I had another grandmother, and still do! While my dad's mother was always Grandma Q to us kids, my mum's mother was simply Grandma. She has been part of my life since day one, part of my special family support system as virtually my second mother. When my mum went back to work in her kindergarten class when I was a few months old, Grandma was there to look after me. In my early years I grew up half at my own house and half at Grandma and Grandpa W's house. Our time together only grew when I turned five and we moved into a house right next to our Adventist school. From our new house it took less than a 10-minute bike ride to get to Grandma and Grandpa's house. My cousin, my siblings, and I biked back and forth all the time.
|Grandma and me on my first birthday|
Grandma is also a great cook. My personal favourite Grandma foods have always been her homemade buns and pies. Coming into her house on Friday afternoons you would be greeted with the glorious smell of buns baking. I also loved her canned peaches and cherries. I remember helping Grandma with her cooking and baking. Her pantry storage area was downstairs, off the laundry room, while her kitchen was upstairs. Often she would ask me or one of my siblings to run down to the pantry to grab ingredients she needed. I always loved it when she asked me to get flour. I would take the flour container down to the pantry, and pour the flour in using a small cup left in the large flour barrel. When that task was done, I couldn't resist plunging my hands (and arms) deep into the flour, feeling the soft, silky grains between my fingers. (I confessed this to my mum a few years ago and she said I should tell Grandma. Thankfully she found it funny after all these years and said, "Well, I guess it wasn't that bad. None of us ever got sick from it!")
Grandma was always able to make up fun games for us grandkids to play or ideas for us to do. Instead of simply pouring candies into a bowl and giving them to us, she had us run down the porch stairs, stand on the grass looking up at her on the porch, and then would toss Ju-Jubes down to us. In hindsight, this might have been a cunning way to get us out of the house and out from underfoot for a bit, and if it was, it sure worked well! Doing chores at Grandma's house never seemed too tedious as there were stories to listen to while drying dishes or peeling vegetables. And picking fruit from the bushes and trees in the yard was just plain fun, not a chore at all. Grandma often had us race to see how many we could pick before her timer went off.
Not only was Grandma very clever, but she was also amazingly smart. She had been a teacher at various one-room schools back as a young woman in Saskatchewan. Later she did substitute teaching once in awhile when her girls were in school themselves. She helped me through elementary math far better than any of my teachers. When I was learning to add and subtract she got out her old deck of Busy Bee cards and we would play endless games while I was charged with keeping score and adding up the columns of numbers. When fractions and rounding stumped me in grade six, she spent lots of time with me, writing out multitudes of fraction and rounding problems on scrap paper for me to answer while we sat in the car waiting for my siblings' piano lessons to be over and my turn to come. After weeks and months of that, something finally clicked for me and rounding made sense. Soon after fractions also started to come easier for me.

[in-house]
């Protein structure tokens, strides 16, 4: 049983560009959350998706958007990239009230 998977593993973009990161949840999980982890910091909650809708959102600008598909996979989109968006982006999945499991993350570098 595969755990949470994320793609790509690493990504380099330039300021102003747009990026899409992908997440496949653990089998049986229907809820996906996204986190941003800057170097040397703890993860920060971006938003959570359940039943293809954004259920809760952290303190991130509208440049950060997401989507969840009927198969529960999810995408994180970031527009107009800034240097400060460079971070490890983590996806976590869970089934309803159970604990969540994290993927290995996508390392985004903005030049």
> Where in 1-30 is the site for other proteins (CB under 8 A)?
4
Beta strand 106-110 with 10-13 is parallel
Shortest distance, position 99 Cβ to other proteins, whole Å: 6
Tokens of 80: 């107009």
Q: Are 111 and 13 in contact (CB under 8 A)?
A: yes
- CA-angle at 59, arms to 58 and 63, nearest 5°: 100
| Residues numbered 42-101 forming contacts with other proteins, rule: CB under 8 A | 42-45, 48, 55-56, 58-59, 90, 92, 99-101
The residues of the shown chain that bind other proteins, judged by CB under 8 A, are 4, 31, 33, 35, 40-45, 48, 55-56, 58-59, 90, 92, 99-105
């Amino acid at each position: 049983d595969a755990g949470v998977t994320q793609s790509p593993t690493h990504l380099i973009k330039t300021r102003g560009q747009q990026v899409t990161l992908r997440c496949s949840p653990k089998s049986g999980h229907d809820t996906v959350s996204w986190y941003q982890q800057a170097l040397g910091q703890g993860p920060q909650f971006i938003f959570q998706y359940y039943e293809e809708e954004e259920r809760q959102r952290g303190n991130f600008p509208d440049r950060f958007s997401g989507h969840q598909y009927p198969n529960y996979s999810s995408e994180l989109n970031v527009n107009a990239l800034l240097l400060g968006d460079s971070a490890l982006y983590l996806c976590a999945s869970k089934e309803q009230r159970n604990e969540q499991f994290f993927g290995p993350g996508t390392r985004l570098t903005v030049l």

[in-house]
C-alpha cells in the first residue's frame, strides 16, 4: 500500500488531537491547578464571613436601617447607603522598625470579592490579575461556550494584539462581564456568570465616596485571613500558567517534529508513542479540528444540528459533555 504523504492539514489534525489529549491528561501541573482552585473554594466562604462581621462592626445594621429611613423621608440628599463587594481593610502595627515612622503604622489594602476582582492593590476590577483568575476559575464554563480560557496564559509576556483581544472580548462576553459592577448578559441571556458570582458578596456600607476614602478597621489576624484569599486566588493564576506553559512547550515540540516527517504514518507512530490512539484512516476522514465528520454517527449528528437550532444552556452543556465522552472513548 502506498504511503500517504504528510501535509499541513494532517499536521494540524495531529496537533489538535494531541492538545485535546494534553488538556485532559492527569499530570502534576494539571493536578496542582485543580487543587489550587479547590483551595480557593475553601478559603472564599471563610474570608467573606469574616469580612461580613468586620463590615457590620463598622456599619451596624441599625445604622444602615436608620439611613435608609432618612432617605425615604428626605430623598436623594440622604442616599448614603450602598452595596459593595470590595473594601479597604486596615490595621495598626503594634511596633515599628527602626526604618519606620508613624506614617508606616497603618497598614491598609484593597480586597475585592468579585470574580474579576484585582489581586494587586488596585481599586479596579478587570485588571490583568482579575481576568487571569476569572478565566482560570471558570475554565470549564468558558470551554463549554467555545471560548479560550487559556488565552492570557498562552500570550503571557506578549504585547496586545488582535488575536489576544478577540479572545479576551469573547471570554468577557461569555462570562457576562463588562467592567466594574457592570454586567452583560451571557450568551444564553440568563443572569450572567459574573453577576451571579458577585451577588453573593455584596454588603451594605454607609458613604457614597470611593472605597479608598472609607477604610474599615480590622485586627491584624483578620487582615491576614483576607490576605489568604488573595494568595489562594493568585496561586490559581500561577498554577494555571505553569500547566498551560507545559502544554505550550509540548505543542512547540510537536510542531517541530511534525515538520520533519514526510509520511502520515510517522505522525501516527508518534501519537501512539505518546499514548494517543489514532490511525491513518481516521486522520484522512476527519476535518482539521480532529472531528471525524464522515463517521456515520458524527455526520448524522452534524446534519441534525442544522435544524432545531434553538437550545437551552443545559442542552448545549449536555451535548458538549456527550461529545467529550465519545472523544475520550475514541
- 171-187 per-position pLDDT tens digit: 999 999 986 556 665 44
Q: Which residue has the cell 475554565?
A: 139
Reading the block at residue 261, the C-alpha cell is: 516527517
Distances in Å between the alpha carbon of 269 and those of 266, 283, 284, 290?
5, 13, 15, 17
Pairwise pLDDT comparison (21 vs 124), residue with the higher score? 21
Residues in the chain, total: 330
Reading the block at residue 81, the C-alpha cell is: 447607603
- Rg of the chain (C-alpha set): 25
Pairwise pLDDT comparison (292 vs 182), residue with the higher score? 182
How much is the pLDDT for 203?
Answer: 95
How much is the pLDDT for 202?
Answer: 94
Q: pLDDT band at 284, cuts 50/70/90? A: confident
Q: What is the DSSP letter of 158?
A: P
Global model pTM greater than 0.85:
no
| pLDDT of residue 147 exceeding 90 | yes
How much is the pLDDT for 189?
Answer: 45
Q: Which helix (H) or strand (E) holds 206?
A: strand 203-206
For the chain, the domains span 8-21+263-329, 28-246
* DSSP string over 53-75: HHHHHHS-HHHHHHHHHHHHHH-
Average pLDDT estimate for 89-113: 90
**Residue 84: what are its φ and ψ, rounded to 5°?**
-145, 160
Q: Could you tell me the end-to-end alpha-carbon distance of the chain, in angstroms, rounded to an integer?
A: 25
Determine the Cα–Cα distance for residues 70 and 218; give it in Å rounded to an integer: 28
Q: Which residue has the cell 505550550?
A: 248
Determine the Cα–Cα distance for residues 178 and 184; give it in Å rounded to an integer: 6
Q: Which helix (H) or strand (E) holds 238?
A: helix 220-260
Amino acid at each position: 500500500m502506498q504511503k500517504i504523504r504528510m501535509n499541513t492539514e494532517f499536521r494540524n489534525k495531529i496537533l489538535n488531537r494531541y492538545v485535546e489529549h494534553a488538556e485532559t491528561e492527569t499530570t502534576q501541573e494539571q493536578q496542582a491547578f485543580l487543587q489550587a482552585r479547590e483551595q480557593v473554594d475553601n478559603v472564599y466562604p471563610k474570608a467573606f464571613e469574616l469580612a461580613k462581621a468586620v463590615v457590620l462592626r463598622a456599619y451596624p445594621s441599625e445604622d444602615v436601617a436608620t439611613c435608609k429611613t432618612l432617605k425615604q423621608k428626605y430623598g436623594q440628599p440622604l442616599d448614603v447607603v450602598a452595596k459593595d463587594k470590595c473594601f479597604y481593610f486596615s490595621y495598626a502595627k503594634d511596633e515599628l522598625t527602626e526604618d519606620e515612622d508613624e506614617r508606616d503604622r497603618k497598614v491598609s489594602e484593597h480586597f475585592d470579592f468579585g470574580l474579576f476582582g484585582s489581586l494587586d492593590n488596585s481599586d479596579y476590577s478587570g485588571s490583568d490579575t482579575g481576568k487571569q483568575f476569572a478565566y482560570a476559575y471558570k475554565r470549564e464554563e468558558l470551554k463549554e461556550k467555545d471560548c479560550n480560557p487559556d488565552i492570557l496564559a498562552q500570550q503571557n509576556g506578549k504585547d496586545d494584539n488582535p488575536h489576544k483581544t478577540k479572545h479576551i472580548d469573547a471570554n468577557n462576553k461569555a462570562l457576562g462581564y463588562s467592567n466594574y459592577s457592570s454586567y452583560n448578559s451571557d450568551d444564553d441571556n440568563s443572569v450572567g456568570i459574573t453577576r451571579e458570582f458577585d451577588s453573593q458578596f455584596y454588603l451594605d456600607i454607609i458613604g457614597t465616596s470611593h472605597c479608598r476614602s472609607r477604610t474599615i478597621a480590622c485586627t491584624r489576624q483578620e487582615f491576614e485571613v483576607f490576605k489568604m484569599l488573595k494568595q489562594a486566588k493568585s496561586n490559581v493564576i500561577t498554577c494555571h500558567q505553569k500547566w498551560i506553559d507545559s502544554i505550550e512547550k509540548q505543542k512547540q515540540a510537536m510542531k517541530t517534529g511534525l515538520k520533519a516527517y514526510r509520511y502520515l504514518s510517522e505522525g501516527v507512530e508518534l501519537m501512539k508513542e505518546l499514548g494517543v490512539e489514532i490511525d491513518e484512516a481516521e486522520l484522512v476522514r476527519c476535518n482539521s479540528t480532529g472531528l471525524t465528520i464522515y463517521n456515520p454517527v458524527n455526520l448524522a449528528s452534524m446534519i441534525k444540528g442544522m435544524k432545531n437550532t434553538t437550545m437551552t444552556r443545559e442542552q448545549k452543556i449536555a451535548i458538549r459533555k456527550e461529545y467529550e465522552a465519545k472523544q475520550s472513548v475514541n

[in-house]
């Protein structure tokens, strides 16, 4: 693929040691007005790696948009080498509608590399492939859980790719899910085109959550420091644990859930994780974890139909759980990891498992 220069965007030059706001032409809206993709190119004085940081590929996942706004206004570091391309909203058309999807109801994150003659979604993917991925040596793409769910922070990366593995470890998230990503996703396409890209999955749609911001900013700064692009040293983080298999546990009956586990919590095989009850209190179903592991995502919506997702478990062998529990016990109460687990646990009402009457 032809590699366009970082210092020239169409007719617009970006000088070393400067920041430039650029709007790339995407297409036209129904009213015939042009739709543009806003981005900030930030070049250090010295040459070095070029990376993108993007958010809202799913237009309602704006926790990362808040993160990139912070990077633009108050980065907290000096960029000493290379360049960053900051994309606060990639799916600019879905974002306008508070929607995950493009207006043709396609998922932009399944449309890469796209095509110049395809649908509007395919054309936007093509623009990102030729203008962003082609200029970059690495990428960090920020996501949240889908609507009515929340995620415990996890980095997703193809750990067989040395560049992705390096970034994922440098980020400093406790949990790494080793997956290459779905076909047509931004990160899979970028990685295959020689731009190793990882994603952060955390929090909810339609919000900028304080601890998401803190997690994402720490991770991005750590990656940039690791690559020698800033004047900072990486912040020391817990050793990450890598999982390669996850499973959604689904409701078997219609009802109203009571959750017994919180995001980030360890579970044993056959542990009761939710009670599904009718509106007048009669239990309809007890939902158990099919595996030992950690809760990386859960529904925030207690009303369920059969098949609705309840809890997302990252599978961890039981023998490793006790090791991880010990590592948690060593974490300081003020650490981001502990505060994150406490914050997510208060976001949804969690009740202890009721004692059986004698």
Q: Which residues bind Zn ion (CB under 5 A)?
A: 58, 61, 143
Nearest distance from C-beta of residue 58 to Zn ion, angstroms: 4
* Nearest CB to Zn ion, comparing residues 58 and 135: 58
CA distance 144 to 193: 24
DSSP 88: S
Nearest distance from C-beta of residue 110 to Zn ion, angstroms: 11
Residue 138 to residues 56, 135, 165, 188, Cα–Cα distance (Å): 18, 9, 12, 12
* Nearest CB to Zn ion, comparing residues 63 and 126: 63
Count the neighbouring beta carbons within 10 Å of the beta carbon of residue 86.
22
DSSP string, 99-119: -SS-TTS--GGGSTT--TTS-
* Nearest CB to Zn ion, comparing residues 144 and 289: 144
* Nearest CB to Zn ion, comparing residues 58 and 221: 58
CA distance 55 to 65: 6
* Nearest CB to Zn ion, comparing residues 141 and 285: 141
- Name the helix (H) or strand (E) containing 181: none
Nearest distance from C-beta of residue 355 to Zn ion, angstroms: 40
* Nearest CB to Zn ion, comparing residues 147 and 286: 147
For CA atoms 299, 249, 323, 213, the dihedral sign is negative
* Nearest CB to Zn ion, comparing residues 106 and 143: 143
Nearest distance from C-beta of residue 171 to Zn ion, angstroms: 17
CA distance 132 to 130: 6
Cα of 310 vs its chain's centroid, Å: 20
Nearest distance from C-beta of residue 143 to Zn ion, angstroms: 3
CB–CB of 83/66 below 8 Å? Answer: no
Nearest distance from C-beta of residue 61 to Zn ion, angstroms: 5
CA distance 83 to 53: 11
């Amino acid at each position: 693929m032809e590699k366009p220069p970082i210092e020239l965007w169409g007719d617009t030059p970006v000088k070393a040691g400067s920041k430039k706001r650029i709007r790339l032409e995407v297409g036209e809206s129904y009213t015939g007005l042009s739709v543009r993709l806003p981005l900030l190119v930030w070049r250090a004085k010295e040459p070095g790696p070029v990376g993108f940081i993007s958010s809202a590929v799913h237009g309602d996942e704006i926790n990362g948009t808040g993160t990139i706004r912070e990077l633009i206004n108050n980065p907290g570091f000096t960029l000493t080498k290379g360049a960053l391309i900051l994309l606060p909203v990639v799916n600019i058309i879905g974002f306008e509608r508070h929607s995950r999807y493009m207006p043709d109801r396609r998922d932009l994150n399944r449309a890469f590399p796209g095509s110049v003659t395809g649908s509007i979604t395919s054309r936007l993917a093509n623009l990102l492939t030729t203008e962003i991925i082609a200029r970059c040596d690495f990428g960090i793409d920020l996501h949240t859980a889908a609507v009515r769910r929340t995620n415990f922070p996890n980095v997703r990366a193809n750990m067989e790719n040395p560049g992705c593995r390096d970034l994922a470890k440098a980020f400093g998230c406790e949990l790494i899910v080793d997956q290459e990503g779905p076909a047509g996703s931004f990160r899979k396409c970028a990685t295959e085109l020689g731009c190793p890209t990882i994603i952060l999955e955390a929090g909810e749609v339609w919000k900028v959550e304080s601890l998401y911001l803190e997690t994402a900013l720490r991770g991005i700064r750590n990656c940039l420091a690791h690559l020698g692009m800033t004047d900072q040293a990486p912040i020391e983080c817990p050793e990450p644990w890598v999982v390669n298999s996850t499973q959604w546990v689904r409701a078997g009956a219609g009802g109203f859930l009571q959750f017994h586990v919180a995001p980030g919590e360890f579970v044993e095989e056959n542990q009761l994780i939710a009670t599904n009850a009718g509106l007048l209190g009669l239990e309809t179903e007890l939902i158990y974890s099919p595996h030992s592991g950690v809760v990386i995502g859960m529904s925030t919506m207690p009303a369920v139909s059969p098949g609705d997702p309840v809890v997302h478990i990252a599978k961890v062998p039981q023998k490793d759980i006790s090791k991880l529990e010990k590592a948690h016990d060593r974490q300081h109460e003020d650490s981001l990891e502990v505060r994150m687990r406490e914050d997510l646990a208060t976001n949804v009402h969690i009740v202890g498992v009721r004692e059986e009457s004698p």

Games were a big priority at Grandma and Grandpa's house. On Sabbath afternoons we played Birds and Animals (by the Review and Herald), Egypt to Canaan, or Life of Christ. On Saturday nights we played Yahtzee or Probe or Wide World while chomping fruit salad and popcorn laden with brewer's yeast. As a treat Revello ice cream bars or Fudgsicles could usually be found in the freezer, and if not, there was always ice cream. In winter Grandma showed me how to warm it up in the microwave for a sweet, warm treat.
Through the years Grandma has always been a huge source of inspiration. When my family moved to Alberta when I was eight and a half, Grandma told me to write her letters, and when I did, she praised my writing abilities. High on Grandma's praise, I decided to become an author and penned quite a few novellas on small pads of paper, sending them to Grandma as presents. She kept them all, and when she showed them to me years later and gave them back we both had a few laughs at my ridiculous plots. :) I think it's safe to say that Grandma kick-started my love of writing, which might have otherwise subsided once I moved from Language Arts to English classes during elementary school.
|Gram and me at Bryn's wedding in September|
As sad as I am that I never got to know my Grandma Q very well, I am thrilled that I have been able to form strong and positive bonds with my Grandma. And I am so glad for the hospitality and grace both my grandmothers modeled for me. I am definitely the person I am today because of their positive influences. I love you both so much, Grandma and Grandma Q!
--------------------My musings on the prompt 'grace' for Five Minute Friday. Join in next week if you feel inspired!